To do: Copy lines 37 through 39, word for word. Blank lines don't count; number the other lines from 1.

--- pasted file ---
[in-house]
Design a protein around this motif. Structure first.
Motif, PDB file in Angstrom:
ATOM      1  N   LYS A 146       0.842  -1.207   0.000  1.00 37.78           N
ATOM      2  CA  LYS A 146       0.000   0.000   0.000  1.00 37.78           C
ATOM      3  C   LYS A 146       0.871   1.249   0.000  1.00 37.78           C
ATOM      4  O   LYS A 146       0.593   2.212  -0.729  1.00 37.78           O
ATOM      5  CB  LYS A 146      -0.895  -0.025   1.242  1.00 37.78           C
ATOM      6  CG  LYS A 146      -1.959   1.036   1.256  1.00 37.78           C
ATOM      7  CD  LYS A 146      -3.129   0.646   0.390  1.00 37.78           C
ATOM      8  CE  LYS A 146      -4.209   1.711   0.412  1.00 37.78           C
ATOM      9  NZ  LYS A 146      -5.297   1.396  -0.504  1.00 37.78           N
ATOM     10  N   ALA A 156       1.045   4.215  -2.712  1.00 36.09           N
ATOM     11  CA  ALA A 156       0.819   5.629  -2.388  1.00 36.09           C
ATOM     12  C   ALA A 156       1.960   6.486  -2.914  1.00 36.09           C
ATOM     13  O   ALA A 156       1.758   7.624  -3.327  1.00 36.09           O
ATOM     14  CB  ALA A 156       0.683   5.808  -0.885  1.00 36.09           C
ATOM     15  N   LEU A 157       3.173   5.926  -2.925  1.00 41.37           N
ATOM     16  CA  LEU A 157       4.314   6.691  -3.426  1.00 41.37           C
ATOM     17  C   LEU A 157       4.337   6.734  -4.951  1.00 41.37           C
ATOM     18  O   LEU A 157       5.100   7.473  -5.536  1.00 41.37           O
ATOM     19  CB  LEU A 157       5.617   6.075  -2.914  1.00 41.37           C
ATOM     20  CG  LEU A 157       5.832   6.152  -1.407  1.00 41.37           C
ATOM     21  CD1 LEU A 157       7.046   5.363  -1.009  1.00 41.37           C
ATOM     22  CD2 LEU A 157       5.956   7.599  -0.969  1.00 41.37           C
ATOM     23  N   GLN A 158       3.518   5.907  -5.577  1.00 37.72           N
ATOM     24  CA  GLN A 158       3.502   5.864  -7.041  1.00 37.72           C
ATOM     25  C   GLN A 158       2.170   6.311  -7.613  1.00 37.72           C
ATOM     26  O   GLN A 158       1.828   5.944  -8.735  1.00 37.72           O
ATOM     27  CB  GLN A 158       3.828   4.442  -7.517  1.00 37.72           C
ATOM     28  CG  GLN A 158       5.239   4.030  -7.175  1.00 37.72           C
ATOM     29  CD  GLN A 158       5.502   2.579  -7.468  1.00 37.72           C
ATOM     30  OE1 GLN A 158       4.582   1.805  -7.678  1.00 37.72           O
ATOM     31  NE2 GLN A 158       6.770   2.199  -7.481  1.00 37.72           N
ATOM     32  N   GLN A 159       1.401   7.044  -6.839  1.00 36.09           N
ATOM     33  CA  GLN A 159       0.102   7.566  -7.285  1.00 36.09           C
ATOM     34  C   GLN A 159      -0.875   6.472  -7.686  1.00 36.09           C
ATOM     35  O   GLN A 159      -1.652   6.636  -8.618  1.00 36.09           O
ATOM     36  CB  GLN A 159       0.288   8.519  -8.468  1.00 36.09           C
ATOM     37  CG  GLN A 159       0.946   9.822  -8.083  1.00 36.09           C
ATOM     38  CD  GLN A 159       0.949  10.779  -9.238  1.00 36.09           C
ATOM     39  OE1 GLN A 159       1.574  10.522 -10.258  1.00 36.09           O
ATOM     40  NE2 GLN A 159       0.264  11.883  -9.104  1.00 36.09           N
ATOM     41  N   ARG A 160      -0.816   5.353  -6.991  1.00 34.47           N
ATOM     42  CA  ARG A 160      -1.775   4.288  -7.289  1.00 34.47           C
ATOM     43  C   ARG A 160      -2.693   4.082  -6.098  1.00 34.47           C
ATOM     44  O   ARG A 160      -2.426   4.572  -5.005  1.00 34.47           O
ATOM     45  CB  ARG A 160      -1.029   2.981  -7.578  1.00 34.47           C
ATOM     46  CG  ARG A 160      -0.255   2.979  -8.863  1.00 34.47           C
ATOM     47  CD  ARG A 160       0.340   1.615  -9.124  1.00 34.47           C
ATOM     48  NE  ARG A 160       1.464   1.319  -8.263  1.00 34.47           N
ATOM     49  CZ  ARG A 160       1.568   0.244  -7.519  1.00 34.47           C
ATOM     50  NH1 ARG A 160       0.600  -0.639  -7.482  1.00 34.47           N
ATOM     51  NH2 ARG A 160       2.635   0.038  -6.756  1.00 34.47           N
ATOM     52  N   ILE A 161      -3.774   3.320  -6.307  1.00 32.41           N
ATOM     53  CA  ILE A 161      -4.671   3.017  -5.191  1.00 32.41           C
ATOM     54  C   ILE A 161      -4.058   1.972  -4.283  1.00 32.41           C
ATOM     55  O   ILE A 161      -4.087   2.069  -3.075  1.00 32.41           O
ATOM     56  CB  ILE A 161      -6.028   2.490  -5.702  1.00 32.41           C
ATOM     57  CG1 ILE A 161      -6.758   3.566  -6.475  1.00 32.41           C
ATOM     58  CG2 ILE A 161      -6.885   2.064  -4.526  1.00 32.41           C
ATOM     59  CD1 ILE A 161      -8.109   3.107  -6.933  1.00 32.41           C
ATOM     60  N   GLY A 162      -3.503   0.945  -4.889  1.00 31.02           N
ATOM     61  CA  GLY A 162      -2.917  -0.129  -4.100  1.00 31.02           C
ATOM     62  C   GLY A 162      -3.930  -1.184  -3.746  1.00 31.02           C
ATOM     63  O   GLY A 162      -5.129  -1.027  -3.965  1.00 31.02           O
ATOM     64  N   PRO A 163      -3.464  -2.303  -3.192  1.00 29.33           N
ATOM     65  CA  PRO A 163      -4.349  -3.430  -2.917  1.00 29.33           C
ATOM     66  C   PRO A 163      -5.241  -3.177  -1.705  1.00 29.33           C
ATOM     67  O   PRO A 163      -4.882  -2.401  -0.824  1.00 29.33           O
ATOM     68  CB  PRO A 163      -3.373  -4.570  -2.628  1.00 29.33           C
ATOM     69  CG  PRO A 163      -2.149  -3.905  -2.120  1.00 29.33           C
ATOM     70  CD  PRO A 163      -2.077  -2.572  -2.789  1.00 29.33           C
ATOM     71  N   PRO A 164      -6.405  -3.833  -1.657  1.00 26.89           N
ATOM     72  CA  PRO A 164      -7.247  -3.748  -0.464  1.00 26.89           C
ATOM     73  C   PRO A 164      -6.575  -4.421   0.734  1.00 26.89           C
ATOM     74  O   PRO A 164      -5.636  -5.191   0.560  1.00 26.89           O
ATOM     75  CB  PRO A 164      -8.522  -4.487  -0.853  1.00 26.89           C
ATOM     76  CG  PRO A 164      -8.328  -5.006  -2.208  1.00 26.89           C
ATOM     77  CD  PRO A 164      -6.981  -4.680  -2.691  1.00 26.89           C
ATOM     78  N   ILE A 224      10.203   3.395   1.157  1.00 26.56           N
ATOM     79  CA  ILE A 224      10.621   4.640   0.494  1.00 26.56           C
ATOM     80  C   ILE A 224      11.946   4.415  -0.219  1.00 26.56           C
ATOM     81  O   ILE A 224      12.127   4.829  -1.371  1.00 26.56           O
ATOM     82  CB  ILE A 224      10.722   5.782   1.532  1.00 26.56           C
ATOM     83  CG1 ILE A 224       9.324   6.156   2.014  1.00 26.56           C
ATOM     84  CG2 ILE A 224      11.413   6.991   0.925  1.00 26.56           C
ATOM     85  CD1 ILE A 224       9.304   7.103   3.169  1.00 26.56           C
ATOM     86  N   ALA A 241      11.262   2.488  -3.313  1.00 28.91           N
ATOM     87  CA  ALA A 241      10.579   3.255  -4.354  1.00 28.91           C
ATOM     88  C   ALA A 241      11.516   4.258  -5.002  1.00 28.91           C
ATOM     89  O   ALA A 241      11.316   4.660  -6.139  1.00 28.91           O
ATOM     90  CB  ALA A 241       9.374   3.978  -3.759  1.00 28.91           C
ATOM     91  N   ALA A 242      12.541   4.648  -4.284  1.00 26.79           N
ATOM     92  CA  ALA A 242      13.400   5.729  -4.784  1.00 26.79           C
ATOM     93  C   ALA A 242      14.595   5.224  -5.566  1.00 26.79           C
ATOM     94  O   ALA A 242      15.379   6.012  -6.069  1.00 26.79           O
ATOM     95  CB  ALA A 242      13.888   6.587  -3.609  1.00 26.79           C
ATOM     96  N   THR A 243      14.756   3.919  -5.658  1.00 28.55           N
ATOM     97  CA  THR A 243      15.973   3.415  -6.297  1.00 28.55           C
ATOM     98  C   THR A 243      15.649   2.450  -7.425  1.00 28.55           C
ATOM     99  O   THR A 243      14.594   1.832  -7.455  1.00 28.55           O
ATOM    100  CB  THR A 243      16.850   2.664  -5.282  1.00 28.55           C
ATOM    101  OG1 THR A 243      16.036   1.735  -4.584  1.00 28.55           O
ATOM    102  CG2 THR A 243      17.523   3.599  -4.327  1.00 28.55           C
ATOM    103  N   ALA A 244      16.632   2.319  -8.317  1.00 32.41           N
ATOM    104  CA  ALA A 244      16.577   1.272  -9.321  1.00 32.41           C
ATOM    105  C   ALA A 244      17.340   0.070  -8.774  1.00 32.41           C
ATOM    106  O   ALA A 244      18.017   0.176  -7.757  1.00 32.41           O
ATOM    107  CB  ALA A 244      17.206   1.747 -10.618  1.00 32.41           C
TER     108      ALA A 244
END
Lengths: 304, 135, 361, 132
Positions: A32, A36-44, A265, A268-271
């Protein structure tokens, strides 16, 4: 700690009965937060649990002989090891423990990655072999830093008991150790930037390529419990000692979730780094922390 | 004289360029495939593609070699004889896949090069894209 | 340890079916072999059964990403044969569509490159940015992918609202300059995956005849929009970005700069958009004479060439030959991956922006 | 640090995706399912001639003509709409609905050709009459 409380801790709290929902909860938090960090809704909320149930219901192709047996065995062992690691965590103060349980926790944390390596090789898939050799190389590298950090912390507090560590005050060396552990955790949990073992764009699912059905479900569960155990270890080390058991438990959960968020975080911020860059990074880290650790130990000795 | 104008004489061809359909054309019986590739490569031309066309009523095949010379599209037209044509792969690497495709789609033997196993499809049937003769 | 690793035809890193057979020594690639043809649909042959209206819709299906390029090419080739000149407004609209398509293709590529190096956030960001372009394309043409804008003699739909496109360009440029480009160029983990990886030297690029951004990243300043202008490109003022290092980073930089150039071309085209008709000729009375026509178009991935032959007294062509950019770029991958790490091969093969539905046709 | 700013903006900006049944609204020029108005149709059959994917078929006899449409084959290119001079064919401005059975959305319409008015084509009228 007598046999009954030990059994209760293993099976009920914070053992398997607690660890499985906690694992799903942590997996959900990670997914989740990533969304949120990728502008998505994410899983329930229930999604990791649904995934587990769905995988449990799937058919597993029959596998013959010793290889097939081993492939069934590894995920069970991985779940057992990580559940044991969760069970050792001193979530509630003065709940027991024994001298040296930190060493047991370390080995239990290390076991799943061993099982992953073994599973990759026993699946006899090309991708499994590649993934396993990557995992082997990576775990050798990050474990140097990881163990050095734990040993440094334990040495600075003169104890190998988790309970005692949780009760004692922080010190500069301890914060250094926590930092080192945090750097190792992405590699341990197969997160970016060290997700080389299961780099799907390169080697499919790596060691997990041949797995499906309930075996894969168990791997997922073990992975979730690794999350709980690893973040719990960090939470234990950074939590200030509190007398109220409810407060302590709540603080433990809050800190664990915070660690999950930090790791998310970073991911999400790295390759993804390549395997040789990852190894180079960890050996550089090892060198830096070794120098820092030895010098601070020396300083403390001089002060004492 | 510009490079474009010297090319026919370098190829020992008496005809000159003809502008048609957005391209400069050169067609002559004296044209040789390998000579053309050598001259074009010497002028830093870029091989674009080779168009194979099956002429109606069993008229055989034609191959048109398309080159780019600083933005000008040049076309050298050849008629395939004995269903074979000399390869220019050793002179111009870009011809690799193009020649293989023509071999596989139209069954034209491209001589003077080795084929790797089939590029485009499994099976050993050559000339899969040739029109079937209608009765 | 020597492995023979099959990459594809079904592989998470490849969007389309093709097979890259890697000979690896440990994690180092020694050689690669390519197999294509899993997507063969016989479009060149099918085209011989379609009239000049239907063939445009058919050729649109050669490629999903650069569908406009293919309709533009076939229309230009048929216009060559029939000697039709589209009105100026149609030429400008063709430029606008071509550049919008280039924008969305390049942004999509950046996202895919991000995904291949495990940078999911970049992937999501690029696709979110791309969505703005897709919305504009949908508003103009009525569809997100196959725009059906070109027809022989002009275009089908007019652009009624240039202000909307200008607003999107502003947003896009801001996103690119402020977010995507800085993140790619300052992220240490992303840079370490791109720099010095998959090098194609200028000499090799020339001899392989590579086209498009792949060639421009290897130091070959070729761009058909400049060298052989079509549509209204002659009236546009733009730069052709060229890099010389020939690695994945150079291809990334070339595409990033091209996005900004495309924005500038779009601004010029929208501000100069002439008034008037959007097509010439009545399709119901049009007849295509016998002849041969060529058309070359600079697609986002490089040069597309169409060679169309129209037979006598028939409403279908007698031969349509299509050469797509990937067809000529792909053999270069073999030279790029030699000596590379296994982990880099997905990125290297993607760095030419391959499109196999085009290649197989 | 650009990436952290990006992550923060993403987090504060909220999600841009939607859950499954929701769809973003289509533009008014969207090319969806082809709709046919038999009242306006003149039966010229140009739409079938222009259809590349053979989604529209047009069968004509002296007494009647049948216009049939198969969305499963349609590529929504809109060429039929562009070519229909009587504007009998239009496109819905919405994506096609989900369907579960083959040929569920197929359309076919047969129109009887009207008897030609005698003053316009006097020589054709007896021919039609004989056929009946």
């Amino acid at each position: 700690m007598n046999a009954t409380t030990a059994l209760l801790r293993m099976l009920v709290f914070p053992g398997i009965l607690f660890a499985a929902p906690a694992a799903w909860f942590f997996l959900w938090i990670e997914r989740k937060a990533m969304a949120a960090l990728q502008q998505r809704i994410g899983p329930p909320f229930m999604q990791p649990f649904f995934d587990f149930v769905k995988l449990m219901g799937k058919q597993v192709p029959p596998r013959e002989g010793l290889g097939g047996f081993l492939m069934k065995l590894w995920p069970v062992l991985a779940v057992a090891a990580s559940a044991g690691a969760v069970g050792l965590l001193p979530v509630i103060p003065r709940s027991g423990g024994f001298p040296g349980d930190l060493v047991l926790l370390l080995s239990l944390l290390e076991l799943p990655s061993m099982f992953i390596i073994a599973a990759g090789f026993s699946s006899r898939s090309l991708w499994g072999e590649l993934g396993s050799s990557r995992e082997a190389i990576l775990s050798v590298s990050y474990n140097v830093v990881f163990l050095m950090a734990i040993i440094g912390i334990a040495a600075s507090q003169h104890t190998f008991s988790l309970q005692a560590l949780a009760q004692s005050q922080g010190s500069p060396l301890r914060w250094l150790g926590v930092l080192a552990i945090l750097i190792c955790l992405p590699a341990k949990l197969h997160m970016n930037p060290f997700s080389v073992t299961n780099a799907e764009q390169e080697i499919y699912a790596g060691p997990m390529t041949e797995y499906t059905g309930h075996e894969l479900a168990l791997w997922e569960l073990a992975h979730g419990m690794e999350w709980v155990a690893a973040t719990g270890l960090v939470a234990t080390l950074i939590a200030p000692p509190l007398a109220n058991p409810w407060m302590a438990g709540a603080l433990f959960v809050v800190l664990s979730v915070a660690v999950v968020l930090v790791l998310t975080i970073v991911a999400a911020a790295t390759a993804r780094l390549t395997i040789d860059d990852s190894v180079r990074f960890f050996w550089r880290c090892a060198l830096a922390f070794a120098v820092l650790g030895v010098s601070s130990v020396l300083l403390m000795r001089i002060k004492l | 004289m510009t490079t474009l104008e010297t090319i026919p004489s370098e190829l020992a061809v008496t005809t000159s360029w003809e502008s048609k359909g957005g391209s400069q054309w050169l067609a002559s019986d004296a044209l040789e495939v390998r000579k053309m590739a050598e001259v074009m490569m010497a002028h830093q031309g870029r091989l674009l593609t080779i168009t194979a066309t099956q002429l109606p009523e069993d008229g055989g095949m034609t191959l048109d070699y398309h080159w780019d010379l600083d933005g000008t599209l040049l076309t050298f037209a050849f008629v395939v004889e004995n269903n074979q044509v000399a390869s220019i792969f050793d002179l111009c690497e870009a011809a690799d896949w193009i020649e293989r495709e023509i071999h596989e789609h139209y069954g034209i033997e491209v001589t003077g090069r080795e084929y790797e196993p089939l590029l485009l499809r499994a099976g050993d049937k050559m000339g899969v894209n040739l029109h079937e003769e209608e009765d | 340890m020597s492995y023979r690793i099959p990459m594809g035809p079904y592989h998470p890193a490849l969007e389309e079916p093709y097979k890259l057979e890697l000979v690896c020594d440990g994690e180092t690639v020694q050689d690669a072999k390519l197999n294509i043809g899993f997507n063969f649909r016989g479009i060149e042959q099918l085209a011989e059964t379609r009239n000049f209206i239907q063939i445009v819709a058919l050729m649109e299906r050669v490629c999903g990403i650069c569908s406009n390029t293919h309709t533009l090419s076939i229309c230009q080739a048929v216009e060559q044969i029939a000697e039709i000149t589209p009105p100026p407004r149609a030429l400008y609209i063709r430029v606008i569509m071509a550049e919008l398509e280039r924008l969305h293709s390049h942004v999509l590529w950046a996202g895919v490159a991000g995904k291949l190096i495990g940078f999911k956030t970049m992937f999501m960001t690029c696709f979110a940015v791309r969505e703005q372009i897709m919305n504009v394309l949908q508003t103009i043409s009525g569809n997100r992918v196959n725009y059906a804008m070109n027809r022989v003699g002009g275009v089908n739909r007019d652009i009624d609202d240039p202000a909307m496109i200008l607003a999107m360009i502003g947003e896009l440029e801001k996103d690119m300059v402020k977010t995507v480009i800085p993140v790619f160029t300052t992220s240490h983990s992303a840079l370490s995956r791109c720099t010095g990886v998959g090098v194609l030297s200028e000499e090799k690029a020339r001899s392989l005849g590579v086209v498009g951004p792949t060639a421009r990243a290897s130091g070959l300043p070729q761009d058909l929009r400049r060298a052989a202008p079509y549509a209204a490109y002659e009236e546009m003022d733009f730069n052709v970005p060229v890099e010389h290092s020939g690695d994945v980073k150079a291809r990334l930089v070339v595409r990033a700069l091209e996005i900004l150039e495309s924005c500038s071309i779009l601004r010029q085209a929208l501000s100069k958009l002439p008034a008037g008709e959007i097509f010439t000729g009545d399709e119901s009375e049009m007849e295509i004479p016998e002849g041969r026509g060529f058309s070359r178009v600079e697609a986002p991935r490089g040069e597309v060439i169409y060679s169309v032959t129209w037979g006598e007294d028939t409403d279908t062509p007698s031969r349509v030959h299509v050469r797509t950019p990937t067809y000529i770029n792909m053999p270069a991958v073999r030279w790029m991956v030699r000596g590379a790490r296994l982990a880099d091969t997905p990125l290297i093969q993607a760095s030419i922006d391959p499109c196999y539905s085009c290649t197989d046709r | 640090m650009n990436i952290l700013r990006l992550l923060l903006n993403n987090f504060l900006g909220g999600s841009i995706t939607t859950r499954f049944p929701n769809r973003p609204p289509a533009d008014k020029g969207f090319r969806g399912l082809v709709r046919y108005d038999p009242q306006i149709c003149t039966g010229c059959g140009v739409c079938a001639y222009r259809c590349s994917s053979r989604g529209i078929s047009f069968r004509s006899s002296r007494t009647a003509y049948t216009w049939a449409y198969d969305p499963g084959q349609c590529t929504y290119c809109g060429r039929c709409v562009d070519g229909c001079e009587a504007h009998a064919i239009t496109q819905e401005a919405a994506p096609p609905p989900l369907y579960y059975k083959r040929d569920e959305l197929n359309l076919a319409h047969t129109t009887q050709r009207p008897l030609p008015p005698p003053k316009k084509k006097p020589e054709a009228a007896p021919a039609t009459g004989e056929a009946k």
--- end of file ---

ATOM     34  C   GLN A 159      -0.875   6.472  -7.686  1.00 36.09           C
ATOM     35  O   GLN A 159      -1.652   6.636  -8.618  1.00 36.09           O
ATOM     36  CB  GLN A 159       0.288   8.519  -8.468  1.00 36.09           C